Following are excerpts from the journal of H.B. Johnson, a prisoner at the Maryland State Penitentiary in Baltimore.
JULY 16, 10 p.m.
I am at the typewriter, hammering out a play, when the door suddenly opens. My cellmate, "Ugg," steps in, and a guard slams the door behind him. Ugg gets right to the point:
"They lockin' everybody down, Mr. Skinny."
"Do you know why?" I ask.
"No, sir," he replies. "They didn't say anything. They just ordered everybody to lock in."
"They never say anything," I say. "Somebody probably got in a fight with the guards or, better yet, somebody made it out of here." I go back to my typing.
Our explanation of the lock-down comes from Channel 2's 11 o'clock news. There is a hostage situation in the "C" dormitory. That's located on the other side of the compound from where I am. The newscaster says two prisoners have two prison guards under their control. Wish I were there.
July 17, 7:30 a.m.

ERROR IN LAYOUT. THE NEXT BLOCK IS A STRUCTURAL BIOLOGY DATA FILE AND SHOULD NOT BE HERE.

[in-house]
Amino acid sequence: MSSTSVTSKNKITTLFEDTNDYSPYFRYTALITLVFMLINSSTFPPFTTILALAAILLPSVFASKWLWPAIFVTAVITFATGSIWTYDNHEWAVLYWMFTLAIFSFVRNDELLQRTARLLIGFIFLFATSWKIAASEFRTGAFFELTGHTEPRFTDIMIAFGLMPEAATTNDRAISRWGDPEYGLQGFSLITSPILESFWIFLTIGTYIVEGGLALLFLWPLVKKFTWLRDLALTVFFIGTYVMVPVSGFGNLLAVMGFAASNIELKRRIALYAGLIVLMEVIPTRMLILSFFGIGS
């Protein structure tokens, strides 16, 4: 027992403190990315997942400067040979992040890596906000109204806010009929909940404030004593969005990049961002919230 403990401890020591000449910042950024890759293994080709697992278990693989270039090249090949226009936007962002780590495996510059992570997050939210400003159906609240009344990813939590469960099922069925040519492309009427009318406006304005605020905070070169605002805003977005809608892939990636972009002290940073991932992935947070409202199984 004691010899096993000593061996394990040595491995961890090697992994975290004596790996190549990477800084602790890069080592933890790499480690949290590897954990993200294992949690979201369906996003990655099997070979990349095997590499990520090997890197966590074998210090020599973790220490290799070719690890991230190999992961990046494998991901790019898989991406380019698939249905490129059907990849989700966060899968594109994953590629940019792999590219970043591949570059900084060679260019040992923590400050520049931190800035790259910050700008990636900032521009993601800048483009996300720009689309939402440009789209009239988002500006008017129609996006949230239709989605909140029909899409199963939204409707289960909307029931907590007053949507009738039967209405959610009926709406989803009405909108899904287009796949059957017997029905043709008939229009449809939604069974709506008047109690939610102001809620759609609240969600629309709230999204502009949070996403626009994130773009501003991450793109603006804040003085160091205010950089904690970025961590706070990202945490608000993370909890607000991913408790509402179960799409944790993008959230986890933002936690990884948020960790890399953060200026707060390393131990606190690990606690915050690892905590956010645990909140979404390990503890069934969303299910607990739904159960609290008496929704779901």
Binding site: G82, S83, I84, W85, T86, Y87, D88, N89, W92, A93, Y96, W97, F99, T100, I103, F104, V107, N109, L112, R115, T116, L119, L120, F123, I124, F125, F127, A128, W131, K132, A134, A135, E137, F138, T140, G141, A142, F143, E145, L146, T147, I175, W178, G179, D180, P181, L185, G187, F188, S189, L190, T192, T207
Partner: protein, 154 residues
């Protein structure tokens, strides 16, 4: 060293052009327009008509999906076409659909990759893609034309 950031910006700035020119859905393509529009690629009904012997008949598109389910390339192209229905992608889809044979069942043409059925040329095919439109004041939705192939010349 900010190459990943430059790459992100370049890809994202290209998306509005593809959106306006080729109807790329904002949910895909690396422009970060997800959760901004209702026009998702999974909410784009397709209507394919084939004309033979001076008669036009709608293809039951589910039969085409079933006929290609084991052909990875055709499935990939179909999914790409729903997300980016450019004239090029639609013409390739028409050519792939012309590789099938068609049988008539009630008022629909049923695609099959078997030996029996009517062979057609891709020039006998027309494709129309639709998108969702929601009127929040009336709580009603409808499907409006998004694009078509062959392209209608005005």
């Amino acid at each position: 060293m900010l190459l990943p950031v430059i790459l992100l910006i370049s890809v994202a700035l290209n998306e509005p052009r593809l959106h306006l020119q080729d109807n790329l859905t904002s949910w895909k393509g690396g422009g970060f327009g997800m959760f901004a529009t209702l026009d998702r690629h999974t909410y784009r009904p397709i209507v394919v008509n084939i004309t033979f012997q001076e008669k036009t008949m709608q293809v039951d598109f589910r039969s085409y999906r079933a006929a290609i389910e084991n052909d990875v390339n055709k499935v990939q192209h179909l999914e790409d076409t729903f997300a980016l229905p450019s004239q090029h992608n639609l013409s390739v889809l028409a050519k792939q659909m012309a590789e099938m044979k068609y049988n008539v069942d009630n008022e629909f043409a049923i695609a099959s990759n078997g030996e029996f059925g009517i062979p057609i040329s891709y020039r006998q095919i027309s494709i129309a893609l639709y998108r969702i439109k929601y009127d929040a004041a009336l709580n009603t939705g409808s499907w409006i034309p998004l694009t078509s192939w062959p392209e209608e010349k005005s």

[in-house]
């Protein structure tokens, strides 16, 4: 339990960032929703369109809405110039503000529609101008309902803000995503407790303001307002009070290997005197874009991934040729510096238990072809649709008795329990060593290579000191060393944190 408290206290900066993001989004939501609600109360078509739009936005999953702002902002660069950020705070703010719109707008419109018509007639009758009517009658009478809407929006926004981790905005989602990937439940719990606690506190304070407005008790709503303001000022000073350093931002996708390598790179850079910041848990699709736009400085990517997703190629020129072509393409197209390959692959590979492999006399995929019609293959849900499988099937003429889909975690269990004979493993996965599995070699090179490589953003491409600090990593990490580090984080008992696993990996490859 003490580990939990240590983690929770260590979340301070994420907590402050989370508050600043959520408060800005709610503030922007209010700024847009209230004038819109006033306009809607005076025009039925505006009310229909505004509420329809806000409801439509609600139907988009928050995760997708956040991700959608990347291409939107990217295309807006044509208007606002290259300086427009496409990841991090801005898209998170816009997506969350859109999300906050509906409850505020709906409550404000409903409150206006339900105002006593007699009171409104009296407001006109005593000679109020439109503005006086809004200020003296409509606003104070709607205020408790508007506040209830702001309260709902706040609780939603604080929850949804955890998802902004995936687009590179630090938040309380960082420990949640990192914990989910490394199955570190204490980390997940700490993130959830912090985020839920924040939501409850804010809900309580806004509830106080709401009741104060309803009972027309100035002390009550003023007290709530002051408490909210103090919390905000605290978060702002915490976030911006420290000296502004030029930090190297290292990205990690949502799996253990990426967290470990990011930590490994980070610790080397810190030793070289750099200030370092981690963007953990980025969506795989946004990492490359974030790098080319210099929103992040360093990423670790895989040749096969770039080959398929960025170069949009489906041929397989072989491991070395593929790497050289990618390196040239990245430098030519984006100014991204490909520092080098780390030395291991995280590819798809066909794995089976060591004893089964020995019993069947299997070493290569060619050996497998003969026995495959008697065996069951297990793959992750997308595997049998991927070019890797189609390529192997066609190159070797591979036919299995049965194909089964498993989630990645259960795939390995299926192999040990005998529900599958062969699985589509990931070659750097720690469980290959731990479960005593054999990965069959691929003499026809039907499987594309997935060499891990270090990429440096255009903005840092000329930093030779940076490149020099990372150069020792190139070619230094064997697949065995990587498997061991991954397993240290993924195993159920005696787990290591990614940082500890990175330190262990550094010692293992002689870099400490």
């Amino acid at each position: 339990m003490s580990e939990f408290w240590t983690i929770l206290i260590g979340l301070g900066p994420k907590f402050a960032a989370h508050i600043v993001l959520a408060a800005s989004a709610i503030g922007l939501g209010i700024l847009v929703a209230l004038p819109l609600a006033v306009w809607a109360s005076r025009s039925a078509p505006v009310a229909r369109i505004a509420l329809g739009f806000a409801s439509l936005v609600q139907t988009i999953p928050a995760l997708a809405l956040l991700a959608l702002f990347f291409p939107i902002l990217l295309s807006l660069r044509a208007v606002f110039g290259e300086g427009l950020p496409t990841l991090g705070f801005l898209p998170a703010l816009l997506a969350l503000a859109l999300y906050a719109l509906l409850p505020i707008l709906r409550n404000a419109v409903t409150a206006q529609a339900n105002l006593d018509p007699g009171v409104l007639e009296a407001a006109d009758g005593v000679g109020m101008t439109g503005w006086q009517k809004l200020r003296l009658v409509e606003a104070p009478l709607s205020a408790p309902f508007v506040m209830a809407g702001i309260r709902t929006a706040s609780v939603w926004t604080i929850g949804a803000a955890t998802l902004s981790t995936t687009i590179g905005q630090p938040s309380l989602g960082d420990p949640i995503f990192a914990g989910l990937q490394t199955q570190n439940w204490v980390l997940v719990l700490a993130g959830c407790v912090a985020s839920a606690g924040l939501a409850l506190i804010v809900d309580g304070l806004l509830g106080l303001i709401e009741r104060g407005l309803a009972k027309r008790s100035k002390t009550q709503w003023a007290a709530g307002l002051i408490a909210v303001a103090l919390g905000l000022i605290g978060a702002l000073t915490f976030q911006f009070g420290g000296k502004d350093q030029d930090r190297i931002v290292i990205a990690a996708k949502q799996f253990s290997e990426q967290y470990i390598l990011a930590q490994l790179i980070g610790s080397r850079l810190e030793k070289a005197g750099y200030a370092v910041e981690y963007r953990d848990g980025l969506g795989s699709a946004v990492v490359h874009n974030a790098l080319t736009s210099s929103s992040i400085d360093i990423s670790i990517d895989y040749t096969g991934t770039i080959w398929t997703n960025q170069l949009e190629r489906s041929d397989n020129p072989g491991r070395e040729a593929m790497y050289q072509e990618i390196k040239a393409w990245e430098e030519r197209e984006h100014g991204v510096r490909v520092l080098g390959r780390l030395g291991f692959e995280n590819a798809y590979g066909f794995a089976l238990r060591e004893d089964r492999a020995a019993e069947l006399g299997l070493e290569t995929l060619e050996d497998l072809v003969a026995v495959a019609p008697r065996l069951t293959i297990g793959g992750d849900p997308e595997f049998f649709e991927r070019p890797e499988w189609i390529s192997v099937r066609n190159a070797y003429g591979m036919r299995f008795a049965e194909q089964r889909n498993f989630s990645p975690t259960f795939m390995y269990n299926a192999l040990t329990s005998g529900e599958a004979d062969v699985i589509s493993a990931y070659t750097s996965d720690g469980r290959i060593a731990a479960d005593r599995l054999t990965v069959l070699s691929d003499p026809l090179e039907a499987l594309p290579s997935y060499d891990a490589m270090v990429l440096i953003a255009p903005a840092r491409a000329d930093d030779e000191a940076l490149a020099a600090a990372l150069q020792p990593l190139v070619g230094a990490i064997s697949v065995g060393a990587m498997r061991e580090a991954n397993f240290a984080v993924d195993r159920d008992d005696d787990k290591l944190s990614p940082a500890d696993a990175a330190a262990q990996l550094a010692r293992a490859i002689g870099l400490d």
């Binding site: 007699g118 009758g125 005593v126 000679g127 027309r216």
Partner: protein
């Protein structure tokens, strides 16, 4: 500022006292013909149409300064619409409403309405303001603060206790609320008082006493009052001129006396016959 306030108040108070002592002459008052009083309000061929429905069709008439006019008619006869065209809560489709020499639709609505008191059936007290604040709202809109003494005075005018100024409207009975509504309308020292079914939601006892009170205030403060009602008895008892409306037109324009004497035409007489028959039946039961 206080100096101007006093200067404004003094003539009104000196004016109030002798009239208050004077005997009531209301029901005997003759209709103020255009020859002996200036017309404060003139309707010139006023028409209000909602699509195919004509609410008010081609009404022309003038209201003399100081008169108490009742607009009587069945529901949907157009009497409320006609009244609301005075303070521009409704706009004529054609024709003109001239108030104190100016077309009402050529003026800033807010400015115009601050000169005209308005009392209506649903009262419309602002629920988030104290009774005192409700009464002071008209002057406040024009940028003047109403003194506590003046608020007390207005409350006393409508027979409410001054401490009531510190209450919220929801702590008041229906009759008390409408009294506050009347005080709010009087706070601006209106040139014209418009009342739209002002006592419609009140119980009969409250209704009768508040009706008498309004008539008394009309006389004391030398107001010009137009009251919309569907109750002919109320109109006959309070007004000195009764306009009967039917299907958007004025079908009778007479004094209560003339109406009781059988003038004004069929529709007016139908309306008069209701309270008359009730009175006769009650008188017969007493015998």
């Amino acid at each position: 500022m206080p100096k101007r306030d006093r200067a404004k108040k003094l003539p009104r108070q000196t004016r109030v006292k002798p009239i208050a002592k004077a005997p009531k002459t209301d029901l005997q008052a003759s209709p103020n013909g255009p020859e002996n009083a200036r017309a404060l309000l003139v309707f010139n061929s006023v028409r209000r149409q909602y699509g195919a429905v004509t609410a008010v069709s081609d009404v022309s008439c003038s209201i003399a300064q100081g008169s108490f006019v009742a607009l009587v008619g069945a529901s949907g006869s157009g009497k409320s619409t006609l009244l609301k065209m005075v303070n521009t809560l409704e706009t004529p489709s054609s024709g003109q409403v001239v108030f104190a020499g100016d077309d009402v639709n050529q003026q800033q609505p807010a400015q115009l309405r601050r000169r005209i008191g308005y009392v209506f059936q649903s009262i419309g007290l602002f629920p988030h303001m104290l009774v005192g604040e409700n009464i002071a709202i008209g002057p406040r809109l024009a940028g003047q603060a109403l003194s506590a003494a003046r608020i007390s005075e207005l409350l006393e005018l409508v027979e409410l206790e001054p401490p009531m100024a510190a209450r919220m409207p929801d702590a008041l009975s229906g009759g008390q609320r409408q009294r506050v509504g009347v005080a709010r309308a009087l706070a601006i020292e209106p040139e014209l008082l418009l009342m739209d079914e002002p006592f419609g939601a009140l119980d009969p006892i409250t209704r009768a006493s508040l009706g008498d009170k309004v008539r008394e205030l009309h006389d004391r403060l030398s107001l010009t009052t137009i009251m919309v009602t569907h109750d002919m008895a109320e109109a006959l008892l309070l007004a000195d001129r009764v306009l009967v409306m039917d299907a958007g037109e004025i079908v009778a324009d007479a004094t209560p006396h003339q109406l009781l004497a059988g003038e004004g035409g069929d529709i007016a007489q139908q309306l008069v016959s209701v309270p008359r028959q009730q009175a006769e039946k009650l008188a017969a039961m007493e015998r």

Watching the Channel 2 morning news. The story is beginning to clear up now. The men in "C" dormitory have taken over the spot. They are holding two prison guards at gunpoint. All the men are out of their cells.
I am torn. On one hand, I find this news encouraging. With so many men out, it is a situation more practical and dignified than just two wild-eyed prisoners holding two prison guards hostage. On the other hand, I smell death. I hear the beatings and screams yet to reach us from the far end of the tunnel. I see mental and physical torture in the near future.
"C" dormitory is a death trap. There is only one way in and one way out. The air is always beige from the dust that floats through the windows. Dried slime and moist grime coat everything. The place is boiling hot in summer and miserably cold in winter. When it rains heavily and steadily, the floor is under 6 to 12 inches of muddy water.
The "C" dormitory experience eventually will make any human being crack.
July 20, 7:30 a.m.
Things are quiet again, but this is a warning. It is an alert to the fluttering eyes of a sleeping giant. Men today are fed up with being sent to the grave for offenses that carried a fine or much less time in jail 25 years ago than they do today. These men are tired of being so dehumanized that they can find but one expression for their outrage -- more violence. These men are tired of being told they must be silent about their freedom.
It is time for human decency to speed its touch to our hearts and minds before there are no hearts and minds left.